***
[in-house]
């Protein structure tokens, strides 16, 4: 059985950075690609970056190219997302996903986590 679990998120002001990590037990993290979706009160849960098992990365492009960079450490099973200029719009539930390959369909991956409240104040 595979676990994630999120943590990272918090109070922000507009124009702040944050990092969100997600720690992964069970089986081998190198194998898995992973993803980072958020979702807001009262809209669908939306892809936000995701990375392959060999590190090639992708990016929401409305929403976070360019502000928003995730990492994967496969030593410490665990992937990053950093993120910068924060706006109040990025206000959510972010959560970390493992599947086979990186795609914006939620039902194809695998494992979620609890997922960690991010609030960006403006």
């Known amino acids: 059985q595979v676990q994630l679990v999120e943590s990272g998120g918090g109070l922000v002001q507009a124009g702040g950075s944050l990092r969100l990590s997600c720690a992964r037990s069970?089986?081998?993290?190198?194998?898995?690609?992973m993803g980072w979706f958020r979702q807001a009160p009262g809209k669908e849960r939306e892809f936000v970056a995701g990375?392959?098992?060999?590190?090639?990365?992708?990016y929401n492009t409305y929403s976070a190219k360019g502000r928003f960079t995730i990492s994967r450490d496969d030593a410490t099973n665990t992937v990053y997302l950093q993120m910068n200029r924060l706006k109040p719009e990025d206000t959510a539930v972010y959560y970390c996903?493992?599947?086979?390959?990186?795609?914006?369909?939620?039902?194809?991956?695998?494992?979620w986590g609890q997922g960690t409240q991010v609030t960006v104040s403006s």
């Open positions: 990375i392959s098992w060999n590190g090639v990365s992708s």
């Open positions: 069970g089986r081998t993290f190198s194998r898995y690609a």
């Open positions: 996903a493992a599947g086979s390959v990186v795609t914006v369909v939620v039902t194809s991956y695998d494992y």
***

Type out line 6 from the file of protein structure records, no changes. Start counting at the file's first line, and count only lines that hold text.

């Open positions: 996903a493992a599947g086979s390959v990186v795609t914006v369909v939620v039902t194809s991956y695998d494992y």